Sunday, 5 December 2010

The stingray (nov 19th)

The stingray !

The stingray by far lived up to my expectations and hopes. Plus more!
It's the one!

The downside being ... £2,816

Though we've raised a fabulous amount, (which I still don't have the final total in ) we are still quite a way off.

With this on mind, I wrote to wheelchair services telling them I'd found the perfect set of wheels, giving the many reasons why this one is suitable over the snappi. And askimg them why they couldnt take back the unused one they supplied us with and make a contribution towards the stingray. I also wrote to say that I'll do whatever it takes to get what Hope deserves, i'm used to fighting for her, and my next step will be to contact charities asking for financial assistance (which In turn would contact wheelchair services because this is the procedure when funds are requested for wheelchairs when they should be funded). I also said I was considering bringing the issue to the press' attention in order to raise the rest of the funds needed. Though I'd been in touch before, as had Hope's lead professional, I felt it was worth one last effort before I started kicking up a fuss!

Within a week I'd had a telephone call from the manager of wheelchair services to say this matter had been bought to his attention. He said he understood my situation, and supported my case, but that ultimately it wasn't his final decision. He said that he'd have a meeting with those who would make the decision, and also that they needed to find another child that they could issue Hope's snappi to within the next 6 months. He would let me know by the end of next week.

On Tuesday I received the good news :0) They are going to take back the snappi and give me a voucher towards the stingray. I don't know exactly how much just yet, but it will be In the region of £1000-£1500. With this though I will have to pay for Hope's wheels to have an annual service which is around £100 each time, plus I am responsible for any parts and repairs costs over it's lifetime (whereas with the snappi, wheelchair services would have serviced and maintained it free of charge). Though this is s bit of a bummer, I'm still happy to be getting some financial assistance from them. That amount, along with what we've raised .... we have enough :0) and depending on how much we get from wheelchair services, there may even be some money left over to buy other specialised pieces of equipment that would help Hope.

So my dear friends, thank you so much, from the bottom of my heart for making this possible!


It'll probably still be a few months before we actually get the stingray mind... Red tape and hoops to be jumped through first, but I'm not in a hurry now I know It's happening soonish

What a week (nov 1st)

What a week!

A while back, Hope's physiotherapist told me she was concerned about Hope's neck, and her difficulty in achieving a 'chin tuck', so this, along with mine and her concerns over her hips, and her continuing 'specialness' with her twisty ankles, prompted her to refer Hope back to the orthopaedic consultant.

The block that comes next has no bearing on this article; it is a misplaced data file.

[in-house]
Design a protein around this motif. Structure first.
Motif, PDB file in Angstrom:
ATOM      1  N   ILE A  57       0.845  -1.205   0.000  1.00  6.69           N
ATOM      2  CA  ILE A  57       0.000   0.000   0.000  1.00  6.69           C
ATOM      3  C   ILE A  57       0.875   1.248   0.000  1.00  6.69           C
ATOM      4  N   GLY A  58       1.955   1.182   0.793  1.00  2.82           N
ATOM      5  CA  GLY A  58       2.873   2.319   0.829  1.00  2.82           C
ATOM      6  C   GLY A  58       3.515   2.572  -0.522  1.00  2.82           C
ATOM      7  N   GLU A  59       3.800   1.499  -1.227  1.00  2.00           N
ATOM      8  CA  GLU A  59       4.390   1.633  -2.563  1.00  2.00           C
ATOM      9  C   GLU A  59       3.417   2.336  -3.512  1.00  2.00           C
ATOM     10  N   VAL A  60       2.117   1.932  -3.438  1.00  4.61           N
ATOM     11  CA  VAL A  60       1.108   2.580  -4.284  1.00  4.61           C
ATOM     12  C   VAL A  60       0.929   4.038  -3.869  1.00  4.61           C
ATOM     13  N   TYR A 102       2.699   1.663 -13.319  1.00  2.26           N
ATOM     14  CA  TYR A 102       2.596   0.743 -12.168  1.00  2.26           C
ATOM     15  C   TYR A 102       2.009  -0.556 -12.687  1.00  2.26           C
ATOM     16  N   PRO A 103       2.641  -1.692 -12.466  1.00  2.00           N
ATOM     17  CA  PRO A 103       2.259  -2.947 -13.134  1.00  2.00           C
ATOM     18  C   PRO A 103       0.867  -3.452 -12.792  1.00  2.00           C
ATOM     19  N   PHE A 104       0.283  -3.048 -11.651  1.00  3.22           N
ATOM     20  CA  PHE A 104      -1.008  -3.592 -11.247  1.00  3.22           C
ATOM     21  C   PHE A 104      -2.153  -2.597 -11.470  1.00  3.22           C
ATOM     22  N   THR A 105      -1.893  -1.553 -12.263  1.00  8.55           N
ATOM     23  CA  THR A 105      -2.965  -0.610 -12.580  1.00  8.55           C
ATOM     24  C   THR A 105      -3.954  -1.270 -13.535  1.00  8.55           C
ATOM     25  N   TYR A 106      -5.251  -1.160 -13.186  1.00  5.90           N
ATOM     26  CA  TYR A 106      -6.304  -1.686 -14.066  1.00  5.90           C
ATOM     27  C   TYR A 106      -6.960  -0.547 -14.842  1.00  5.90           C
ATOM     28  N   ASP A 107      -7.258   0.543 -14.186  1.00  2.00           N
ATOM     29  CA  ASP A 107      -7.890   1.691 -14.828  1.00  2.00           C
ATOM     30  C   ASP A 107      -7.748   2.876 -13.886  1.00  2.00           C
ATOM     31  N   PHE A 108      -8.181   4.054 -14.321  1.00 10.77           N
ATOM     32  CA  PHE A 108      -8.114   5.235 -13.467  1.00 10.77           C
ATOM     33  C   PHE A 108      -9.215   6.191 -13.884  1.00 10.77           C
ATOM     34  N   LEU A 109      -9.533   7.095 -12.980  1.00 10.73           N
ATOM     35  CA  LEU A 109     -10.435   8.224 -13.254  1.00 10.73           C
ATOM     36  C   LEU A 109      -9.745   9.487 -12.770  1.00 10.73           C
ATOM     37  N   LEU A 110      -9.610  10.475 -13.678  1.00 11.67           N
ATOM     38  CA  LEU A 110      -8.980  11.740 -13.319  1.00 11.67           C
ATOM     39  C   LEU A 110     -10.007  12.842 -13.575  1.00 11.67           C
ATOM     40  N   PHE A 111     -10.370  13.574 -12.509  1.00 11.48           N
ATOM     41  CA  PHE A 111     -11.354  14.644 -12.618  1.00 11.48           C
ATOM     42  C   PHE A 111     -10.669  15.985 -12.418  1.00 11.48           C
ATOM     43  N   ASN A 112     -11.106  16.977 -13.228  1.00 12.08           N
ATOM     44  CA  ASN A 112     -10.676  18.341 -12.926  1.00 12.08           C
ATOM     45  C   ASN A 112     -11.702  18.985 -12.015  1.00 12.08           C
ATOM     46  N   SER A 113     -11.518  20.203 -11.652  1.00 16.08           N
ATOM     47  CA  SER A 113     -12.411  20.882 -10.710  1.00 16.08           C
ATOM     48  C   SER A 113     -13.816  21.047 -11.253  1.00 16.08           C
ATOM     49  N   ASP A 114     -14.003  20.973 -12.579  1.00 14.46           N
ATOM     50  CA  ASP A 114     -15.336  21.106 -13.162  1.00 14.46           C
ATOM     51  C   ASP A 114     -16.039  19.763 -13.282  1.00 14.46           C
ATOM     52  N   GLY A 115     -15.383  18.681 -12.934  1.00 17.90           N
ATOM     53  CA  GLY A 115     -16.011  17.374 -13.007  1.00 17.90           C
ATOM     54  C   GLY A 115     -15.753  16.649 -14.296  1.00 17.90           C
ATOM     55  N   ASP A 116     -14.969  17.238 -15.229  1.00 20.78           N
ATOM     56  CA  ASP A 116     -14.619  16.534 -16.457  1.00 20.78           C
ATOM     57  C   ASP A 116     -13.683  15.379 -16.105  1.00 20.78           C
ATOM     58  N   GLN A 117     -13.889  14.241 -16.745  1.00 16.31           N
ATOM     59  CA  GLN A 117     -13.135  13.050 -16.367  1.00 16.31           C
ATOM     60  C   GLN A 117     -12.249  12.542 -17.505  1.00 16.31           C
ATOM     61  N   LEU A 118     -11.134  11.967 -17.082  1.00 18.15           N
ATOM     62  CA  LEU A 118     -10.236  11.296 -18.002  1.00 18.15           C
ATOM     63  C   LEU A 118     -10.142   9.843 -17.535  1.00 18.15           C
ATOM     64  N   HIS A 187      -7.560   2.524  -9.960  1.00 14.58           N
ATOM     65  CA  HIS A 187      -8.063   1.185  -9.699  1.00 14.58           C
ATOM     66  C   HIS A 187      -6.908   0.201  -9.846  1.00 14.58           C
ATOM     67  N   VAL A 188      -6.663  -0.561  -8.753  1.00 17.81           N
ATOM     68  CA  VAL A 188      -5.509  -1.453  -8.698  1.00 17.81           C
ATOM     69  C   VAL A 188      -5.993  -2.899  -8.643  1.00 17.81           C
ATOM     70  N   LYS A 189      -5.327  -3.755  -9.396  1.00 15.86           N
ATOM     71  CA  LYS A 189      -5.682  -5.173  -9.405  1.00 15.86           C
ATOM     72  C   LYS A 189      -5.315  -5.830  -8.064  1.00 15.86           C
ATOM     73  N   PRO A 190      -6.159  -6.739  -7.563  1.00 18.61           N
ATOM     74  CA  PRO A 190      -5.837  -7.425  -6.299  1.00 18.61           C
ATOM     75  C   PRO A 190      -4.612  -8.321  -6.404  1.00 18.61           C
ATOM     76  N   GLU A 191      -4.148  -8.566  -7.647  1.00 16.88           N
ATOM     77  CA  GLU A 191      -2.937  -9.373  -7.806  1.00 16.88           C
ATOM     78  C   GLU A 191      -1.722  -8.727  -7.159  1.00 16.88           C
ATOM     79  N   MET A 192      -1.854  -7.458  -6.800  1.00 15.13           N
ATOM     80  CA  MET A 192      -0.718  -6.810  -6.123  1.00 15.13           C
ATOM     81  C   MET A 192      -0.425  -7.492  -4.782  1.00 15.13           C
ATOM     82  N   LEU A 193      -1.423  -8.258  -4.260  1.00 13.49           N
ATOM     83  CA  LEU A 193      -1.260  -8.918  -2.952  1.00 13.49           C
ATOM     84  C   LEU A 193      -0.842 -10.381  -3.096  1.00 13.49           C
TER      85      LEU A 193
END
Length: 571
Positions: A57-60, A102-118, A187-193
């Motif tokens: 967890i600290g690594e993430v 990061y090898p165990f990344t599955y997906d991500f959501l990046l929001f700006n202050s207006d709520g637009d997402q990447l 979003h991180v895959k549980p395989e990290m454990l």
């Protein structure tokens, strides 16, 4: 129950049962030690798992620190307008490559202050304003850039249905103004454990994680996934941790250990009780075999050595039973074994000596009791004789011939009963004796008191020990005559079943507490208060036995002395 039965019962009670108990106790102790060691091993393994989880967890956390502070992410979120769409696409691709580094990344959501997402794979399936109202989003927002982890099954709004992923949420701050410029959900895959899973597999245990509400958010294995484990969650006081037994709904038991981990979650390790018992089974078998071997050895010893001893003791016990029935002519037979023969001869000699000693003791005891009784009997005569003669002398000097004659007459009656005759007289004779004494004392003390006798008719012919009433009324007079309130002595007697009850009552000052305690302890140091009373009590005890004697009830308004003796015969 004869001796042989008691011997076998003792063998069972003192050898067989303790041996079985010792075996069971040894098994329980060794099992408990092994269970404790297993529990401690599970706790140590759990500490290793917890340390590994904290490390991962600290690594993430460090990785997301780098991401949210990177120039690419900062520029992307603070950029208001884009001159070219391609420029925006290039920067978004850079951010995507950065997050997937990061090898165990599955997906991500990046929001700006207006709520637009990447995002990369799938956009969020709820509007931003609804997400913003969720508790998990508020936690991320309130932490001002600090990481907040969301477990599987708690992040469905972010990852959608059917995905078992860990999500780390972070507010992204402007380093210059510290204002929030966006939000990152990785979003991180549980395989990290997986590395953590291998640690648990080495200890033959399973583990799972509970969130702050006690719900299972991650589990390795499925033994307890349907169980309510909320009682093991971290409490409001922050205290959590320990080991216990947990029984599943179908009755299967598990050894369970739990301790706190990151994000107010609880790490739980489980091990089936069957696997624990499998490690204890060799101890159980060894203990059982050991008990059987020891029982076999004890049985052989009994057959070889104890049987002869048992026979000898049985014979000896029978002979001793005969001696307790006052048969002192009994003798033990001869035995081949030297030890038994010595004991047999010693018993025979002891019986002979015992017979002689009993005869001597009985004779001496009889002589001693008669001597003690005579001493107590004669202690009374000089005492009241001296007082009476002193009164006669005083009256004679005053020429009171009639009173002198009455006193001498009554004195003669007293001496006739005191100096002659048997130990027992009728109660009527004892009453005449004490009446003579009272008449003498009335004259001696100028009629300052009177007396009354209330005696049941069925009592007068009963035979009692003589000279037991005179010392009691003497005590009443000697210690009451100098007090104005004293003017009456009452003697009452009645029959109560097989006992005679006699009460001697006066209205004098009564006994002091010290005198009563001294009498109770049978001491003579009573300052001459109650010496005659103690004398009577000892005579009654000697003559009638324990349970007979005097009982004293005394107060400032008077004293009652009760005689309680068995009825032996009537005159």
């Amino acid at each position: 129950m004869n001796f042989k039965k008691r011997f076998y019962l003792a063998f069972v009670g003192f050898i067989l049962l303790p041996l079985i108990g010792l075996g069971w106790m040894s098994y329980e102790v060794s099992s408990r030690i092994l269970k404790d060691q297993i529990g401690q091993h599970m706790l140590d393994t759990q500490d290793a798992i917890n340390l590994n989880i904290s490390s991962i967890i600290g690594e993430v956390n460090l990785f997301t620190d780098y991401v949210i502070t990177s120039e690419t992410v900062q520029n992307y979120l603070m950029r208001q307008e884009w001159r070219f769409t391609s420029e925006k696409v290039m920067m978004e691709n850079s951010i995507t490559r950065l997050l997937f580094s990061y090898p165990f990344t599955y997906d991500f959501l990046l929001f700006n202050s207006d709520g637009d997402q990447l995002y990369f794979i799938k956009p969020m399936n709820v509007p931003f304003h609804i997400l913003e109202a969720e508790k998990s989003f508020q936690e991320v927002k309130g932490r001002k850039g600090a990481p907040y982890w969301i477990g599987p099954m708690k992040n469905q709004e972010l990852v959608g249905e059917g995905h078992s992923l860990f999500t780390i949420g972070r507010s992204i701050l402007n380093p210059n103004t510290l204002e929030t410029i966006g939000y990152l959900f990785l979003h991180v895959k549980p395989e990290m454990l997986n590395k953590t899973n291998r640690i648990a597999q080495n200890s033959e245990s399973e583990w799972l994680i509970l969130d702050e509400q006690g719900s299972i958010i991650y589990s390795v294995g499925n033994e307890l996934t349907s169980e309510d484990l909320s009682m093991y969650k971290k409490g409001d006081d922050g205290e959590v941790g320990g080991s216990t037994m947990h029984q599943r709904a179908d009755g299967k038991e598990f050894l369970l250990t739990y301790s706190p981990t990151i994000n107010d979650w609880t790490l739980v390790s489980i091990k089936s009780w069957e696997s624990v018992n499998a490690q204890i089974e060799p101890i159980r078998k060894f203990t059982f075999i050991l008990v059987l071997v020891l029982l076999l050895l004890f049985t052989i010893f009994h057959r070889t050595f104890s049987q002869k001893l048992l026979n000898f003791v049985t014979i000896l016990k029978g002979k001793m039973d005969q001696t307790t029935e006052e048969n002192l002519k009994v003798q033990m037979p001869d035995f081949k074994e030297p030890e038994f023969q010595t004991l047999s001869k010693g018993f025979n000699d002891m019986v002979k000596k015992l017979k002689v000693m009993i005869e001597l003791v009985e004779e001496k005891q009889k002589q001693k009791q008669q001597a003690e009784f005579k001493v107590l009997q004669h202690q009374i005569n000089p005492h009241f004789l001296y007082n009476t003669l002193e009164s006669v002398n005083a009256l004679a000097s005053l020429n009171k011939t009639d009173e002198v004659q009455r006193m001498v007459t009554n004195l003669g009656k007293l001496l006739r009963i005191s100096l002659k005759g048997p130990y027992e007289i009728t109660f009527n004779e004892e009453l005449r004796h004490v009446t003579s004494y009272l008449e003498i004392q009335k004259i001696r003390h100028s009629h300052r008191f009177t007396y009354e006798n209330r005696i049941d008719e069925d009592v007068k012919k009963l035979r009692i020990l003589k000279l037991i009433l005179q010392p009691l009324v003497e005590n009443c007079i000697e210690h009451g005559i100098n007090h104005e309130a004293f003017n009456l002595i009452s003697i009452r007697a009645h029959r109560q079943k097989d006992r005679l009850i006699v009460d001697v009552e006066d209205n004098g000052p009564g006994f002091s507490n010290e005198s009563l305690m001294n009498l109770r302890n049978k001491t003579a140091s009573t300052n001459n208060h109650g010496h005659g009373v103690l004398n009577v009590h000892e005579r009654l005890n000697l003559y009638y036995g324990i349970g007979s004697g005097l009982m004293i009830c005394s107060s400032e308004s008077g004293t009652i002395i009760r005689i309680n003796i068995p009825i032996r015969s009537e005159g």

Fortunately, for my sanity, it wasn't until the morning of the appointment, that I realised where the appointment was. The Brunel treatment centre. I googled it, merely to find directions, so imagine my horror, when this is what I discovered :

The Brunel Treatment Centre is a 128 bed state-of-the-art facility attached to the Great Western Hospital. It has been specifically designed to treat patients who need elective (planned) surgery and where patients are offered a pre-assessment health check to ensure they are fit and informed for that surgery.
So that panicked me to say the least.
Upon arrival, We were sent for lots of X-rays of various bits from all angles.
Then we met with the orthopaedic surgeons, who thankfully agreed that it's worth perseveringly with the splints in regard to her twisty feet and ankles, and leAving surgery as a last resort. Phew!!! They also remarked of her spine, that it appeared straight - at present, at least. This is great because in the past she'd been diagnosed with scoliosis - a curvature.
Her hips were also found to be fine, which is a relief, because surgery and spiker cast would be the treatment.

However, on our way in to
Meet with the ortho surgeons , Ravi, Hope's main consultant, spotted her, he followed us in, asking what was wrong with Hope, saying that she didn't look well, and asking me lots of questions. He apologised for worrying me, told me not to panic, then arranged for us to go to the childrens' unit for tests after this appointment.

We did, but Ravi wasn't about, and there wasn't anybody available to do the tests he requested, so we arranged to go back on Friday. Despite Ravi telling me not to, I obviously did worry. So I rang Hope's disability nurse, who works closely with Ravi, and she arranged for us to be fitted into a clinic with him the next day.

Ravi gave her a thorough examination, and found her in fairly good health apart from the constipation/fissures - poor mite. But he felt she wasn't as she was last time he saw her a few weeks ago. But I explained to him, this is how it is with Hope. Last time he saw her, she was 100% and on top form, but she's not always , and mainly, we don't know why.
He wants to see her again next month

We had to go back to the childrens' unit on Friday. Fortunately we saw a competent doctor who took blood from Hope as well as can be expected.
We had to wait for the blood gases results. The doctor came back with them and said they seemed ok, but her lactate levels were a bit elevated. They were 3.45 (should be less than 2), but Hope's usually run around 4-5. This equates to lactic acidosis, and causes damage to organs and is literally poisoning her blood. So being that low, makes me very happy. Though I'm slightly puzzled as to why they are that low, and wish I knew what caused it, and how to keep that low, or even bring it down more.